“This is what we call a hammer card,” Verhey said. “If your partner’s playing a graveyard strategy, you play Rest in Peace and it just shuts them down. It gets rid of all the cards in their graveyard, and it gets rid of all future cards in all graveyards. So it’s interesting to play in a number of different contexts.”
Next up is an aura-type enchantment called Shielded by Faith. It allows players to transfer the indestructible keyword to any new creature that they field. That means once the aura is in play, players can be relatively assured that at least one of their most expensive creatures will be able to stand up against most anything their opponent can throw at them.
Shielded by Faith pairs well with the next card in the set, True Conviction. Its lifelink ability allows players to earn life for any damage their creatures mete out. Combined with double strike, which allows creatures to attack twice, it’s an easy way to boost yourself to extremely high life totals.
Played at just the right time, it’s possible to reach 100 or more in the blink of an eye using True Conviction, according to Verhey.
Ekaterina Burmak/Wizards of the Coast
Worship, the next element of the deck, is another card that’s very difficult to counter. Once in play, so long as its owner has at least one creature they control, any damage that would bring them below 1 life brings them back to 1 life instead. Combined with a card like Shielded by Faith, which provides the indestructible keyword, it can be very difficult to counter.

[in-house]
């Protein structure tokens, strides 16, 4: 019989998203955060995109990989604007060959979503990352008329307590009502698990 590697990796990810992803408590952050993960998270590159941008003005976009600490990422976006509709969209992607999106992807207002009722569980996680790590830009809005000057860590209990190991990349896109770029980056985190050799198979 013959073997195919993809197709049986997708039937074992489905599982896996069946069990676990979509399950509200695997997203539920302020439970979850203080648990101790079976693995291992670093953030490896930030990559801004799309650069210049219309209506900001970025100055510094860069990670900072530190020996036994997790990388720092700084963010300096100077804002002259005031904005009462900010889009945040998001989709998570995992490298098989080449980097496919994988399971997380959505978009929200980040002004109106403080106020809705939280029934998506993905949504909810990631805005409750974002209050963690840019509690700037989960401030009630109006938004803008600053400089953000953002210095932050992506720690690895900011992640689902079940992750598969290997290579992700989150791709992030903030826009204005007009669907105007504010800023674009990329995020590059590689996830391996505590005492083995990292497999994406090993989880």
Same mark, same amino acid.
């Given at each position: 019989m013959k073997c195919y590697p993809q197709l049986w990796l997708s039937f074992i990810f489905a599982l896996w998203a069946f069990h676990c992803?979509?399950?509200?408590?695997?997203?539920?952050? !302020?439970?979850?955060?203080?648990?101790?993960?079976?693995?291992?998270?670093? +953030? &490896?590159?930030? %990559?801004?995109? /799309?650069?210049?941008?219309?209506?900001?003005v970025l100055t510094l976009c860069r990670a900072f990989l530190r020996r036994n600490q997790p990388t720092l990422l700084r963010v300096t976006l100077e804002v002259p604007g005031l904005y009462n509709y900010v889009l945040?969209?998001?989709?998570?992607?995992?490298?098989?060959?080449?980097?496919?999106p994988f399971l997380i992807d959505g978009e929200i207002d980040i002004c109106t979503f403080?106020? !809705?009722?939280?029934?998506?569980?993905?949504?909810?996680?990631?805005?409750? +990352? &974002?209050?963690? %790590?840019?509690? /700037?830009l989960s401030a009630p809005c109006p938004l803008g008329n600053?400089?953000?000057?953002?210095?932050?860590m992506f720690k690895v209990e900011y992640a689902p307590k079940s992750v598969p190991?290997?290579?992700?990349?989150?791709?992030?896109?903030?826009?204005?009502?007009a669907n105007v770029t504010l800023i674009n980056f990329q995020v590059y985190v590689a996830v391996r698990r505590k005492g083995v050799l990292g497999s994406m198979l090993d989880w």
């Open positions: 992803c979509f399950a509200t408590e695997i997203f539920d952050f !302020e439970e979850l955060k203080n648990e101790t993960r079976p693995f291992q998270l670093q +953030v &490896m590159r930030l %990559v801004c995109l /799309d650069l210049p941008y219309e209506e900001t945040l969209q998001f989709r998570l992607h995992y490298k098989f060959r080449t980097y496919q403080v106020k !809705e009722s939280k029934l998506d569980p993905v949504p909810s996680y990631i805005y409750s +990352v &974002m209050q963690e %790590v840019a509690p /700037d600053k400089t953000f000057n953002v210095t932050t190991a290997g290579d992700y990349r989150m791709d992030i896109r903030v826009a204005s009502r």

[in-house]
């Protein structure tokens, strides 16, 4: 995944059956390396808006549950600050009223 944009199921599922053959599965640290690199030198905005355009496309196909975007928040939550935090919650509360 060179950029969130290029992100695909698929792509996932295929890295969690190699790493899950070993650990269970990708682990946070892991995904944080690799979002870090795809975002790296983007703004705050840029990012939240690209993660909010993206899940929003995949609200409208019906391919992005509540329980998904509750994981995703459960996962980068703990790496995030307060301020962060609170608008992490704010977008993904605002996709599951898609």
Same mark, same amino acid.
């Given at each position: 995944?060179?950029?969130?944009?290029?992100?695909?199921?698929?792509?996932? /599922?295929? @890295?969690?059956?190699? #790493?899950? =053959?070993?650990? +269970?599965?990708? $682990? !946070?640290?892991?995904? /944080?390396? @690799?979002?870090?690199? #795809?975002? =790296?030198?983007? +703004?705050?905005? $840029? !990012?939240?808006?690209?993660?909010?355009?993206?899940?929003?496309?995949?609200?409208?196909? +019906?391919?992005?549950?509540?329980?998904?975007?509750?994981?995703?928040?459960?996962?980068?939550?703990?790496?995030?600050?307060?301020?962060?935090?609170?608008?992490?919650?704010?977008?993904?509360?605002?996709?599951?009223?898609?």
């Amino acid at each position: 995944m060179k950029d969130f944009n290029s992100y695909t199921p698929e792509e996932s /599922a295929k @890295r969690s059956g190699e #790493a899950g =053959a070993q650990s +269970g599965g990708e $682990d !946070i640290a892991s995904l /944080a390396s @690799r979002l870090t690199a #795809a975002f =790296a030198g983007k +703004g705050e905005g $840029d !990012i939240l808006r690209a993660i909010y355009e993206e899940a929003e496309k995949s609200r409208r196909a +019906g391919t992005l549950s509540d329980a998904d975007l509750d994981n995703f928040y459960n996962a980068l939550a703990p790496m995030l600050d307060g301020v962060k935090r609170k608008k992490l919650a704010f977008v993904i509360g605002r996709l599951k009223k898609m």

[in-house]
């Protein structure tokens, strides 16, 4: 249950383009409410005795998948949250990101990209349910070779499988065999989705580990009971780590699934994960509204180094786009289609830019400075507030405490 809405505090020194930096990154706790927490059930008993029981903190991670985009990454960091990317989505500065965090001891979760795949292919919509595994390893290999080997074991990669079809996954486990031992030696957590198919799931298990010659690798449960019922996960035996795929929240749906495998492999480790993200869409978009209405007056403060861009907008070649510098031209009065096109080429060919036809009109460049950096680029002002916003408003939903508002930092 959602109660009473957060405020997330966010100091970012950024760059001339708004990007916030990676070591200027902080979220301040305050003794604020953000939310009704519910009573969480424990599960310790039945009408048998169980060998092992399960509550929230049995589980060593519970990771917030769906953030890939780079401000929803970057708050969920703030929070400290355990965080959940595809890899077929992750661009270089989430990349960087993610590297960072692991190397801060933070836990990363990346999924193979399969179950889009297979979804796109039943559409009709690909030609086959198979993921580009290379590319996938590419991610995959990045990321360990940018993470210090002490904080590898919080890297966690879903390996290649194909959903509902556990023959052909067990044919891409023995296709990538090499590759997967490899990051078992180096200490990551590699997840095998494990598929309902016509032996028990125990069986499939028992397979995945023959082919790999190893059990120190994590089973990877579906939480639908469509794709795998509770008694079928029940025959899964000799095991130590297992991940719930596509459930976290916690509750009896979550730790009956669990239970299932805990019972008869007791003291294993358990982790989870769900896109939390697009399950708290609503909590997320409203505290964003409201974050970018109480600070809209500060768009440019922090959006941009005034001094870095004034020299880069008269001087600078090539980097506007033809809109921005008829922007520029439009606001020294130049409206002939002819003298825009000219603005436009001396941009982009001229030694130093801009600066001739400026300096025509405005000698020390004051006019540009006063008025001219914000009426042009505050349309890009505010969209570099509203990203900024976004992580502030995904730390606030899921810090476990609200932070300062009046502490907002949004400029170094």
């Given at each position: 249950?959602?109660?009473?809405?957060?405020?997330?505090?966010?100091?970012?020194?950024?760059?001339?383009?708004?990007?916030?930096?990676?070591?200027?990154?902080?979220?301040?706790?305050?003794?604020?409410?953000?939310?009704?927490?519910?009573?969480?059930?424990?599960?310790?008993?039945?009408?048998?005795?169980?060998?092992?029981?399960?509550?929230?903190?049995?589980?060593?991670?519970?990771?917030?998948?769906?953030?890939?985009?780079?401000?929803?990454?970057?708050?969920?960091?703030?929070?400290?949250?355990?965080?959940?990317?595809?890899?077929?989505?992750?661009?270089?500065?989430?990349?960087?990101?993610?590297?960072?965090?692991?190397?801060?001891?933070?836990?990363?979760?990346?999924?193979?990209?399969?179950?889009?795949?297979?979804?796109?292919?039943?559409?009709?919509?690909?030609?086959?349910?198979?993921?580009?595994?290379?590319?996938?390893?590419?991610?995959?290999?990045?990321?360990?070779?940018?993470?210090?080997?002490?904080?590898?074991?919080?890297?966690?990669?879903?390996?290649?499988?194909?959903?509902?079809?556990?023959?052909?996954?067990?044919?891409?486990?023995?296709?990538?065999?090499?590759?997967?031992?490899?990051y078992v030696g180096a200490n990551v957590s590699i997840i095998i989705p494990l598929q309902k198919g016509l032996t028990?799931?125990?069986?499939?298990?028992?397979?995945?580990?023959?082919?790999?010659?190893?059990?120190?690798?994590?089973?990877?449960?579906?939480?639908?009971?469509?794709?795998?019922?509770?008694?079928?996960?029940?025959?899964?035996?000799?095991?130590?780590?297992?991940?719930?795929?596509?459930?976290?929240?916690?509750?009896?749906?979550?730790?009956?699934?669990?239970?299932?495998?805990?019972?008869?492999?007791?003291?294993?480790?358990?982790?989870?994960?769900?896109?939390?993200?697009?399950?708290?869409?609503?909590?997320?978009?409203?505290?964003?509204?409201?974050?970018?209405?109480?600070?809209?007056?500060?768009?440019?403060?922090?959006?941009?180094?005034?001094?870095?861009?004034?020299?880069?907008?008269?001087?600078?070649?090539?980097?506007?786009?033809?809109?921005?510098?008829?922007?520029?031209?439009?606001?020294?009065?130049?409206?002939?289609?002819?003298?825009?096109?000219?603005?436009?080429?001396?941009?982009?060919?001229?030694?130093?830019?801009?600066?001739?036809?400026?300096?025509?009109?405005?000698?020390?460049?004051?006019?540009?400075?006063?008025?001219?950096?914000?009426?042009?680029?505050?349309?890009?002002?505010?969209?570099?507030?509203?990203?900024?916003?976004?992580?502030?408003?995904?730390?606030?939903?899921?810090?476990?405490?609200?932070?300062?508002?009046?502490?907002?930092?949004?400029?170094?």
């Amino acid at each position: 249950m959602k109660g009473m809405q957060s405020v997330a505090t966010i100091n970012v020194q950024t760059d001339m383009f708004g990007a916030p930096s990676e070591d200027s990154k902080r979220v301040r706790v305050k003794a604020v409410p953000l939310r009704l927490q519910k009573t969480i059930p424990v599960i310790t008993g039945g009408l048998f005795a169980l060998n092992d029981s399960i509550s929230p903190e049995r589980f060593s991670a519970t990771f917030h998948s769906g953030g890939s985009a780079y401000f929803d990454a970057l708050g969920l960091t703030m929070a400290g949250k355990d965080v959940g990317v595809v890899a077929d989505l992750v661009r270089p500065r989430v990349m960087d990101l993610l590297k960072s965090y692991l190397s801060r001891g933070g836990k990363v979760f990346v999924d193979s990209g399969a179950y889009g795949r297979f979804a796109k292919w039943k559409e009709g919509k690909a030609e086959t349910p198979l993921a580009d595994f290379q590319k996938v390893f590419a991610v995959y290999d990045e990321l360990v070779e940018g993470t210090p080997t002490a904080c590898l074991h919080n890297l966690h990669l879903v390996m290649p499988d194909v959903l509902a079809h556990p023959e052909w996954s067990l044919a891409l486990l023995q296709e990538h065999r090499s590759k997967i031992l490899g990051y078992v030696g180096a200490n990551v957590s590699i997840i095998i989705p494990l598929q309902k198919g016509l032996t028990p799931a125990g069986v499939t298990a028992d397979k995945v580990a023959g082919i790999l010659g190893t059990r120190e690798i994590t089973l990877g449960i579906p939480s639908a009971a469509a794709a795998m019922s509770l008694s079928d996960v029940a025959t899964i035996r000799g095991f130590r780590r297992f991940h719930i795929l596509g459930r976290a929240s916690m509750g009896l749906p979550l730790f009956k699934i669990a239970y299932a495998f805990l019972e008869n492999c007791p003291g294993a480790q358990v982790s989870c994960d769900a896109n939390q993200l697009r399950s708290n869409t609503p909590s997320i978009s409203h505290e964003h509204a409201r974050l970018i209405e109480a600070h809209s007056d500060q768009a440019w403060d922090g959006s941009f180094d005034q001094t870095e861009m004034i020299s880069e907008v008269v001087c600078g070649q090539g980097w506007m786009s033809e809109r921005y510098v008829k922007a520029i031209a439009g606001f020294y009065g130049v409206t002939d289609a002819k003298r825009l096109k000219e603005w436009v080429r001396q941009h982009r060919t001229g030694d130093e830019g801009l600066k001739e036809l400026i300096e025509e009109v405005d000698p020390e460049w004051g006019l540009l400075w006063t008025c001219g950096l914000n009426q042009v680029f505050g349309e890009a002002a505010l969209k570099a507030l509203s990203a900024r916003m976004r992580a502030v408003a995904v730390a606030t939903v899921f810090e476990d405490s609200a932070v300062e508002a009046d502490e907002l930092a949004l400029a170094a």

“This is a card that, if your opponent puts it down, you start getting a little concerned,” Verhey said. “It’s so easy to set up a lock where you opponent can’t really kill you off anymore.”
The final card in the set is a legendary artifact, a newer piece of equipment known as the Blackblade Reforged. Inexpensive to summon onto the battlefield, it only costs an additional 3 mana to equip it to a legendary creature. Once in play, it gives that creature +1/+1 for each land that the player controls.
Jason Rainville/Wizards of the Coast
The card itself is already part of the Dominaria set, which was released just last year. The real treasure here, Verhey explained, is the artwork itself. The mystical, soul-drinking weapon has been a mainstay of the Magic lore for years now. It was only recently reforged, only to be carried into battle by Gideon himself. For this rendering, WotC called on Richard Kane Ferguson, the artist who originally created its iconic look.
Nic Kelman, head of story and entertainment at Wizards of the Coast, takes no pleasure in killing off one of Magic’s most beloved characters. For him, the real joy comes in completing an epic storyline that will bring the most popular CCG in the world forward into the second half of its third decade.
“This storyline, this conclusion, the story arc — and specifically, the War of the Spark conclusion — was kind of architected years ago, before I even got here,” Kelman said. “For me, for certain pieces, it’s been more making sure that we follow through on the execution as well as possible.”
He also acknowledges that 2019 marks not one but two other climactic battles in popular fiction, both in the Marvel and the Star Wars cinematic universes. WotC’s goal, as in all things, is to make sure that its characters and its storylines stand apart.
“This was actually mapped out before anybody even know there was going to be an Infinity War, let alone the conclusion of the second part of it, at almost the same time,” Kelman said. “It is an epic battle with lots of characters, but that’s kind of where the similarity ends. […] I think the key difference is probably that in comics or in films […] it’s unusual for death to have real stakes. I will say that we consider ourselves more in the fantasy literature tradition. If a character dies, they’re probably dead, as opposed to the comic or an epic film.”
Gideon’s Signature Spellbook will go on sale soon. The War of the Spark card set goes on sale in the digital version of the game, Magic: The Gathering — Arena, on April 25. Physical cards will arrive in stores and on Amazon on April 27.
Correction: This story originally said that the card Rest in Peace would be legal for Standard play. That is not the case. We have adjusted the article to reflect that.
Source: Read Full Article